Alumni Short

Two Decades after Trailblazing Journey to Cornell, Beijing Lawyer Forges Opportunities for Colleagues

In Ithaca this February, while visiting her son, a junior at Cornell University, Bai Tao ’88 recalls her journey from China to Cornell Law in 1985. “It was really a dream to come to study in the U.S.,” she says. “Now, students in China have more choices. Back then we were very closed to the outside world . . . I was very lucky.”

Anne Lukingbeal, associate dean and dean of students, remembers it was much more than luck that brought Bai to Cornell. As a student at Peking University Law School, Bai caught the attention of a recruiter for Columbia Law School’s Committee for Legal Educational Exchange with China. “He called that summer and said, ‘We have found this phenomenal student, but we think she’d be happier at Cornell than Columbia,’” recalls Lukingbeal. “She’d been at the very top of her class at what everyone thought was the best law school in China. I think the people at Columbia thought that our smaller, more intimate environment would be more enjoyable for her.”

At the time, few U.S. law schools were willing to admit J.D. candidates from the People’s Republic of China, where the LSAT was not available. In 1982, however, Cornell Law had slowly begun welcoming Chinese students. Bai was among the first, and at nineteen years old, she was one of the youngest Chinese law students to come to the States during that period. “At the time she did this, it was such an extraordinary thing,” says Lukingbeal. “She really was one of the groundbreakers.”

“Everything was so foreign and exotic to me,” Bai remembers. “I grew up in Beijing. It’s a big city, but it was very different then. When I came here in ’85, it was my first time using a refrigerator.” It was also her first experience with immersion in an English-speaking culture and her first encounter with the Socratic teaching style. “The first semester was pretty difficult,” she recalls, “But I had a great time learning the basics in my first-year classes. I think the fundamental themes and concepts are really important for everything in the future.”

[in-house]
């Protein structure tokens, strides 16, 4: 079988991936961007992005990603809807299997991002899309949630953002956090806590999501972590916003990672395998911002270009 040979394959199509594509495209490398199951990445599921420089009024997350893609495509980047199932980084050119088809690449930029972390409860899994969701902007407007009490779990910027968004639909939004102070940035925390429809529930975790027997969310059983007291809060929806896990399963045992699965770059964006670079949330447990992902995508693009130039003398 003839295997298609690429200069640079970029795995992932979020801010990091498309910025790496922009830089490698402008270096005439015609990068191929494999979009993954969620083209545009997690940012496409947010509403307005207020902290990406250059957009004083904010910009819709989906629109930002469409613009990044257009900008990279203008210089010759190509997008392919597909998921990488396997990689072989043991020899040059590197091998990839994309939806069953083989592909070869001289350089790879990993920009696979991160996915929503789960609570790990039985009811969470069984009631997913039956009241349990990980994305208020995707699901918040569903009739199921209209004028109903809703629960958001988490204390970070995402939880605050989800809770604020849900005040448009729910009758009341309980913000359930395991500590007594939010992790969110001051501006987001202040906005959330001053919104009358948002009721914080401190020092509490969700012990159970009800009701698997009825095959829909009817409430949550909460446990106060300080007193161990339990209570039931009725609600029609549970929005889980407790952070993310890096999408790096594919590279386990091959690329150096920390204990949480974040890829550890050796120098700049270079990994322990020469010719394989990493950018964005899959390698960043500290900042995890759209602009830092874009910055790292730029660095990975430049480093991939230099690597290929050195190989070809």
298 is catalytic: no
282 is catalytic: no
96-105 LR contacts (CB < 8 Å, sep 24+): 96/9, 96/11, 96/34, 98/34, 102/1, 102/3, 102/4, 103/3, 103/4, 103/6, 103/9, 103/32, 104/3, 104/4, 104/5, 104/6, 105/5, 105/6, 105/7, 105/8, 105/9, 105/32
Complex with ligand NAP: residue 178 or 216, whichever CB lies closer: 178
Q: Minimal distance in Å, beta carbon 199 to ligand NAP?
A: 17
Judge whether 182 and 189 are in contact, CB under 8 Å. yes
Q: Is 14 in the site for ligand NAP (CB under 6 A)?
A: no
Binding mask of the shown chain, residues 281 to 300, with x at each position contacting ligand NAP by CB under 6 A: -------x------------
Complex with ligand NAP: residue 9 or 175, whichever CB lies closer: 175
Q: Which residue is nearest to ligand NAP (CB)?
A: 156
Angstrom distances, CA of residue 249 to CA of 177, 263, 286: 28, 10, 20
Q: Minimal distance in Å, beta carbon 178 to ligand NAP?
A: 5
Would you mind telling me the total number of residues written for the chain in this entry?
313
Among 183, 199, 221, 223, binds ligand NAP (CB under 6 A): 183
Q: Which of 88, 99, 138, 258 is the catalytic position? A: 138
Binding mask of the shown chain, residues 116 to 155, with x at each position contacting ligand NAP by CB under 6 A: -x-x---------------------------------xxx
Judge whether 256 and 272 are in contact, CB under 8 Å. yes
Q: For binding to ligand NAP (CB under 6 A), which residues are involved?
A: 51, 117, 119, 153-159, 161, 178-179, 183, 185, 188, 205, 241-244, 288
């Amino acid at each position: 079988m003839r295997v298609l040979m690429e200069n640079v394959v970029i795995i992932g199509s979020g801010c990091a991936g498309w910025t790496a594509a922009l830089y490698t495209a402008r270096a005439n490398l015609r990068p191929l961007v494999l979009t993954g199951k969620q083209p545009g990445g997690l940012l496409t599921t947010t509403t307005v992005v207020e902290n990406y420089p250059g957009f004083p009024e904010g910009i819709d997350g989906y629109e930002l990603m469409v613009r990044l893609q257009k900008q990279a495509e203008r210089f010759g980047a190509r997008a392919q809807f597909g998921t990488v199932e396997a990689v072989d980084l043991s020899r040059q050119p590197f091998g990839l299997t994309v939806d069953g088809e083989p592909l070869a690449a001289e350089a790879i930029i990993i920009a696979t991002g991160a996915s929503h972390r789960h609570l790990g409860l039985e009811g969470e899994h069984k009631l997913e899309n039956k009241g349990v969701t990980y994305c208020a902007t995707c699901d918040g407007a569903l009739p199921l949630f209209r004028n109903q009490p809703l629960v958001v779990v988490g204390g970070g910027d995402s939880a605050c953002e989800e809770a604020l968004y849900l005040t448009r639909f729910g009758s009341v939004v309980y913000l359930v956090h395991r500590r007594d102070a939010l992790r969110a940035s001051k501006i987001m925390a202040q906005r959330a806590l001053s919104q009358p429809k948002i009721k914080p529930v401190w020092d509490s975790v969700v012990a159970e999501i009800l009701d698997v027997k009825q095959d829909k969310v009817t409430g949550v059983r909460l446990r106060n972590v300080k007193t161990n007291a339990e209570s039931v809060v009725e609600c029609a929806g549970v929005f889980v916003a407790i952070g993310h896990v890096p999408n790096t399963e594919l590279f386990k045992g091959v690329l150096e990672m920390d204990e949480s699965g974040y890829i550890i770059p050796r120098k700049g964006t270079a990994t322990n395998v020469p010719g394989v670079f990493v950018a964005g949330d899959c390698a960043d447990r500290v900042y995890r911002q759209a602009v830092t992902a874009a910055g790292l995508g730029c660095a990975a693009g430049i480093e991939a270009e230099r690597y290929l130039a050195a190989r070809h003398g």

Equipped with her Cornell J.D., Bai returned to China in 1988. In 1989 she began practicing at C&C Law Offices in Beijing, and in 1992, she became one of the founding partners of the Commerce and Finance Law Offices. For the past decade she has been a partner at the Beijing offices of Jun He Law, specializing in the areas of corporate law, inbound investment, intellectual property, real estate, anti-dumping, sports law, and dispute resolution. Over the years, Bai has helped many prominent U.S. and European clients navigate the Chinese legal system, among them Coca-Cola, IBM, and Microsoft. With the American legal background she acquired at Cornell, she says, “it’s much easier to understand what they really want.”

Bai hopes to make such a background accessible to more of her fellow lawyers in Beijing. In addition to serving as the standing director of the Beijing Intellectual Property Protection Association and a member of the All-China Bar Association, the Chinese Society of International Law, and the Inter-Pacific Bar Association, Bai is the vice president of the Beijing Bar Association. Responsible for the organization’s continuing education initiatives, she arranges visiting scholar programs between Beijing lawyers and American law schools.

More than two decades after her own education in the States, Bai still vividly remembers a particular small negotiations seminar at the Law School. Initially satisfied with their performances in a hypothetical negotiation, the students were astonished to discover how differently their classmates had handled the same scenario. The lesson for Bai: “It could always be done better.”

“It’s easy for lawyers to feel pretty good about themselves,” she chuckles. “You have to be hard on yourself, think of different ways to handle the problem.” Even after over twenty years in practice, she still adheres to that rigorous approach. “I always tell myself I have to try to do my own best.”

Owen Lubozynski